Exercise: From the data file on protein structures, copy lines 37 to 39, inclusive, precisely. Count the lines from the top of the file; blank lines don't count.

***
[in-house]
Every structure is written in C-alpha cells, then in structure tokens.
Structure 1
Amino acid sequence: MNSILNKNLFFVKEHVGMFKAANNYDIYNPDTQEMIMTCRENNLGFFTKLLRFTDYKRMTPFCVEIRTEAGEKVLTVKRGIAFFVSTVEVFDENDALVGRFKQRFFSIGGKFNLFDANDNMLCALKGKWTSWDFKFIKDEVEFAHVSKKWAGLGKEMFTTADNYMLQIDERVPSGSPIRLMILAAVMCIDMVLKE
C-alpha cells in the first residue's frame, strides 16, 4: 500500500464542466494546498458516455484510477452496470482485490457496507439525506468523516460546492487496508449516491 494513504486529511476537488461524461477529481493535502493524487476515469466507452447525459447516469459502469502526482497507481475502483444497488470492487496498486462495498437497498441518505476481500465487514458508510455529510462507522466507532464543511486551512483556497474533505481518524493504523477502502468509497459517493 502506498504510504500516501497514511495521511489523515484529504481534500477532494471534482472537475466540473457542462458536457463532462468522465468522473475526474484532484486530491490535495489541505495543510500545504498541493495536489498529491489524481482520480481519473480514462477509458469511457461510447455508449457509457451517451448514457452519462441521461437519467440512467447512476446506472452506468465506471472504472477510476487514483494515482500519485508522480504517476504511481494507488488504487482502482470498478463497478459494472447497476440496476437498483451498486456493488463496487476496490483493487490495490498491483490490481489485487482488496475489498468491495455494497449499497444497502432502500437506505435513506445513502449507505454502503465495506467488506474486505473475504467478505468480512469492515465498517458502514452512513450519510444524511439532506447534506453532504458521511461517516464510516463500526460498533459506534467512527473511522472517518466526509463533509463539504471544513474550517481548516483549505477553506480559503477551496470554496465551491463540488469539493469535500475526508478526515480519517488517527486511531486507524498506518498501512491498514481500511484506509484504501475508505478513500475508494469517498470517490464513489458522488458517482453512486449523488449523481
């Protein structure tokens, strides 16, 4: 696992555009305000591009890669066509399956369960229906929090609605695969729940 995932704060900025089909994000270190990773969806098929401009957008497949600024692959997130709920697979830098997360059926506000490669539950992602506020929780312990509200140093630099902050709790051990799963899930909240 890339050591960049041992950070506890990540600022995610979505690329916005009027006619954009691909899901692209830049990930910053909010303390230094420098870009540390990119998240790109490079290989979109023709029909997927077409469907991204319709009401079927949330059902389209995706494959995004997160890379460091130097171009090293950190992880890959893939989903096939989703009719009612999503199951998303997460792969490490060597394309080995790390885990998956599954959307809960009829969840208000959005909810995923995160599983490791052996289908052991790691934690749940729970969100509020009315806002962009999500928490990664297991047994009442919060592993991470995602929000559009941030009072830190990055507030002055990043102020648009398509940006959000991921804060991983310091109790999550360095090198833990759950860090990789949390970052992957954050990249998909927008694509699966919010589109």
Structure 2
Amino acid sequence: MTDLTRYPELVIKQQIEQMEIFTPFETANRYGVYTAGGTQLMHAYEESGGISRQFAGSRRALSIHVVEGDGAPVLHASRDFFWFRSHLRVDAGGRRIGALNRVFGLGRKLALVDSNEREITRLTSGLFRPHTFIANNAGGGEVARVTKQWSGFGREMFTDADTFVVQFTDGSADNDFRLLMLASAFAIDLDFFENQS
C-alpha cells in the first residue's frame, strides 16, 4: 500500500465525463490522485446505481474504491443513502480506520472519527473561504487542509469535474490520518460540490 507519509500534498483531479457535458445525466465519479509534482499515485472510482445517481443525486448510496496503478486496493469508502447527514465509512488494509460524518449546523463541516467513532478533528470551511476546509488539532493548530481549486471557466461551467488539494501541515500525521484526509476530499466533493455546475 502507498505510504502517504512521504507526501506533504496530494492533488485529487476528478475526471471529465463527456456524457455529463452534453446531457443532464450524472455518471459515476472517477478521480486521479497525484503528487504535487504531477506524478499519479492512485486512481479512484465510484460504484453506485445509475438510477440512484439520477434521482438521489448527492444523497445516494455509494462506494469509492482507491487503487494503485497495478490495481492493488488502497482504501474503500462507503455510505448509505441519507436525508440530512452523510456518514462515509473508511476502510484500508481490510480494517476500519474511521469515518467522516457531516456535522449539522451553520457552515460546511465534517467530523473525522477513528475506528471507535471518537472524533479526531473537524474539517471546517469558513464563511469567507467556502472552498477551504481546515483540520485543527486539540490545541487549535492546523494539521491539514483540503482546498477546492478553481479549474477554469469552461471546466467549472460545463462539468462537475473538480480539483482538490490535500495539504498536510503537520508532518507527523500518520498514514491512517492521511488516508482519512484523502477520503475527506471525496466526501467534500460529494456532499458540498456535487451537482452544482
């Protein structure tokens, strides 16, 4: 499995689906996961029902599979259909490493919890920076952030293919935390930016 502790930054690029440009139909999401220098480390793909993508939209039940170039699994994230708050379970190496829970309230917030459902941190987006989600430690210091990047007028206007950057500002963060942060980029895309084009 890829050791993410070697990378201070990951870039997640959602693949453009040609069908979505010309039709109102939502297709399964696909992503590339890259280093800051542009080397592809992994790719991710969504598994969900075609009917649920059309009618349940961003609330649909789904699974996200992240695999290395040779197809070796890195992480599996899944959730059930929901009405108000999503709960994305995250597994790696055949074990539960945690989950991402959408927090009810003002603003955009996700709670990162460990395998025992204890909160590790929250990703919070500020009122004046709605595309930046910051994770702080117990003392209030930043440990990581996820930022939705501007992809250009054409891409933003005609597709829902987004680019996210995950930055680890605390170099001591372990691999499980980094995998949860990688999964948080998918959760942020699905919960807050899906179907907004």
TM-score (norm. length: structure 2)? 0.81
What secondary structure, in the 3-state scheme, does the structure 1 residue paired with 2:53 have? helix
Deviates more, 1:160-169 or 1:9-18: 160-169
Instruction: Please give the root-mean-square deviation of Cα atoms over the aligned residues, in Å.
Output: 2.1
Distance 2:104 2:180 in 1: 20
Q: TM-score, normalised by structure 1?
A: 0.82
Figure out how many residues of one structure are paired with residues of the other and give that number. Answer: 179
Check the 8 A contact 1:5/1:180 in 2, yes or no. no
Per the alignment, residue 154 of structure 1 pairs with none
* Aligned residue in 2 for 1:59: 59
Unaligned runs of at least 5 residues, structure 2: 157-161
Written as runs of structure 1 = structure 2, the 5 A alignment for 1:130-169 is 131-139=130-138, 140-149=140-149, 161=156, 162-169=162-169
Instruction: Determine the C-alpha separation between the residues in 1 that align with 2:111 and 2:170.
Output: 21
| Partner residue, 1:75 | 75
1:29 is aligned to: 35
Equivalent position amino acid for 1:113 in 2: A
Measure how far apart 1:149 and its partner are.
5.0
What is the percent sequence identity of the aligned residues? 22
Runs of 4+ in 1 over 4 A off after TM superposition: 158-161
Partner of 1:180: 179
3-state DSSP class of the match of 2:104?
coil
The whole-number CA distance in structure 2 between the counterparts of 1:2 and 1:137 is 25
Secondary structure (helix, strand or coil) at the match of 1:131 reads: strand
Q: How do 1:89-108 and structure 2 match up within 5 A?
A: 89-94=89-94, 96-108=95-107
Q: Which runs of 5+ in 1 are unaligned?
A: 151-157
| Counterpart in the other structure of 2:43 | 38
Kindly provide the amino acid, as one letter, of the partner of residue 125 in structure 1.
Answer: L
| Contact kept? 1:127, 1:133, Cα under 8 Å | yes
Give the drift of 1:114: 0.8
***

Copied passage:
The whole-number CA distance in structure 2 between the counterparts of 1:2 and 1:137 is 25
Secondary structure (helix, strand or coil) at the match of 1:131 reads: strand
Q: How do 1:89-108 and structure 2 match up within 5 A?